The combination of chondroitin and glucosamine may be as effective as a commonly prescribed NSAID in treating painful knee osteoarthritis, according to data from a large multicenter trial headed by investigators at the University of Maryland.
Standard OA management focuses on pain reduction through the use of analgesics and non-steroidal anti-inflammatory drugs (NSAIDs). However, NSAIDs are associated with a range of adverse gastrointestinal and cardiovascular side effects, raising numerous concerns about their long-term use.
Previous studies, including the NIH’s Glucosamine/Chondroitin Arthritis Intervention Trial (GAIT), have examined the efficacy of natural supplements as an alternative to mainstream OA pain treatment. In particular, glucosamine and chondroitin sulfate, two naturally occurring substances, have been widely promoted in OA pain management.
Glucosamine, an amino sugar, and chondroitin sulfate, a complex carbohydrate, are both found in connective tissue and can help to reduce pain and inflammation, improve joint function, and slow the deterioration of cartilage.
Building on the GAIT results, the recently published MOVES (Multicenter Osteoarthritis InterVEntion Study) trial evaluated the efficacy and safety of chondroitin sulfate plus glucosamine hydrochloride (CS+GH) versus celecoxib in patients with knee osteoarthritis and severe pain (Hochberg, et al. Ann Rheum Dis. 2015. doi:10.1136/annrheumdis-2014-206792).
A total of 606 study participants with Kellgren and Lawrence grades 2-3 knee OA and moderate to severe pain (WOMAC score ≥301; 0–500 scale) were randomized to either 200 mg celecoxib, or the combination of 400 mg CS plus 500 mg GH thrice daily for 6 months. All outcome measures were assessed at 30, 60, 120, and 180 days.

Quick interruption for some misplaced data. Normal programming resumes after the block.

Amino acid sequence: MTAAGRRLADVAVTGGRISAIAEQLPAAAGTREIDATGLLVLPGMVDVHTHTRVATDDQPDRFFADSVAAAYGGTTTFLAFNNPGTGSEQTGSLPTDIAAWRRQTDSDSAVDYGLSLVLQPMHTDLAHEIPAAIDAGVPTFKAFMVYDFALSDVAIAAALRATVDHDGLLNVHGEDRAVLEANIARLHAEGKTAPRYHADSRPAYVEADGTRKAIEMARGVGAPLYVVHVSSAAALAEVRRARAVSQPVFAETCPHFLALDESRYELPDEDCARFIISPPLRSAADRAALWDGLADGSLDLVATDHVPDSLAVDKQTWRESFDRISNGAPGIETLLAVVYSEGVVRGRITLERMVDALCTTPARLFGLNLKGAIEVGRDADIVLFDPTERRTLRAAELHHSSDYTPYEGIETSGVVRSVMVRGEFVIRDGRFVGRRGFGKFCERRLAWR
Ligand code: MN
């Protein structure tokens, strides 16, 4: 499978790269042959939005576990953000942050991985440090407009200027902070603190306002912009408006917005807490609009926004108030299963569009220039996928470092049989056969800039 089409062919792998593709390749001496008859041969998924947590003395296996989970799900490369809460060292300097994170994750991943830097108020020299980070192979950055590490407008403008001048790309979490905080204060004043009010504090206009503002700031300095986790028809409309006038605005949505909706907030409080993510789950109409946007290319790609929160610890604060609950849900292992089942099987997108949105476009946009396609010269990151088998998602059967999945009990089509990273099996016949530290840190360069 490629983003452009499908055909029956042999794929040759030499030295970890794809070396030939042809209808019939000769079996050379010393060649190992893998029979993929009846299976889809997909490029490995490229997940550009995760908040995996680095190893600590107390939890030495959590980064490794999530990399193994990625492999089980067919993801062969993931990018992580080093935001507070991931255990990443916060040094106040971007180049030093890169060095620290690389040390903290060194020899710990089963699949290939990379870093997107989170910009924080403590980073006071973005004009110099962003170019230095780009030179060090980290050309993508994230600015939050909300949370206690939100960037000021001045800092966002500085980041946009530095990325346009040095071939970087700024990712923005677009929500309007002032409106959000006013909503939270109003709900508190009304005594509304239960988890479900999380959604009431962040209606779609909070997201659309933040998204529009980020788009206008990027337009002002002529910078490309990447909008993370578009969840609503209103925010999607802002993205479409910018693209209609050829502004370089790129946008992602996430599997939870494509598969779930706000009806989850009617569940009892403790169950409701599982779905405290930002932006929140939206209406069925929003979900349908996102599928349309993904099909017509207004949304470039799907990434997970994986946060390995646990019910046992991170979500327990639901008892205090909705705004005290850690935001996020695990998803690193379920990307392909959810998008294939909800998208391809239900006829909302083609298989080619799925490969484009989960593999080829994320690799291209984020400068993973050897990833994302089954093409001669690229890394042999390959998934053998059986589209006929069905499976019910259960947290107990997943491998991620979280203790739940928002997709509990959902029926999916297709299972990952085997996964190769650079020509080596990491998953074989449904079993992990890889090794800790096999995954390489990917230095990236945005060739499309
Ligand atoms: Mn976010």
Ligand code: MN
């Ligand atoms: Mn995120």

The researchers found that both treatments were equally effective in reducing arthritis symptom burden. In the CS+GH group, the adjusted mean change (95% CI) in WOMAC pain was −185.7 (−200.3 to −171.1), a 50.1% decrease. Those in the celecoxib group showed a strikingly similar −186.8 decrease (−201.7 to −171.9) .
Additionally, after 6 months of treatment, 79.7% of patients taking the nutraceutical combination and 79.2% of those on the prescription drug fulfilled OMERACT-OARSI criteria for designation as treatment "responders." Both groups displayed a >50% reduction in joint swelling and effusion.
The authors note that adverse event rates were low and similarly distributed between the two groups.
Patients treated with celecoxib appeared to demonstrate superior results at the 1-4 month mark, in terms of changes on the WOMAC scores and Huskisson's visual analogue scale. However, by 6 months both treatment groups showed similar levels of improvement.
While chondroitin sulfate and glucosamine may have a slower onset of response, the investigators argue, their ability to provide long-lasting pain relief and functional improvement in OA is equivalent to celecoxib.
The results of the MOVES trial suggest that chondroitin sulfate plus glucosamine is not only an effective treatment for OA, but may also offer a safer alternative for patients with cardiovascular or gastrointestinal conditions for whom NSAIDS are contraindicated.
As reported by the National Institutes of Health (NIH), an estimated 27 million adults in the United States live with osteoarthritis (OA). The most common type of arthritis, OA is a degenerative joint disease caused by the breakdown of cartilage. It typically affects large weight-bearing joints such as the knees and hips and is characterized by pain, joint damage, and limited range of motion.
Given the continued aging of the US population, the prevalence of OA is not likely to abate, underscoring the need for safe and effective non-pharma treatment options.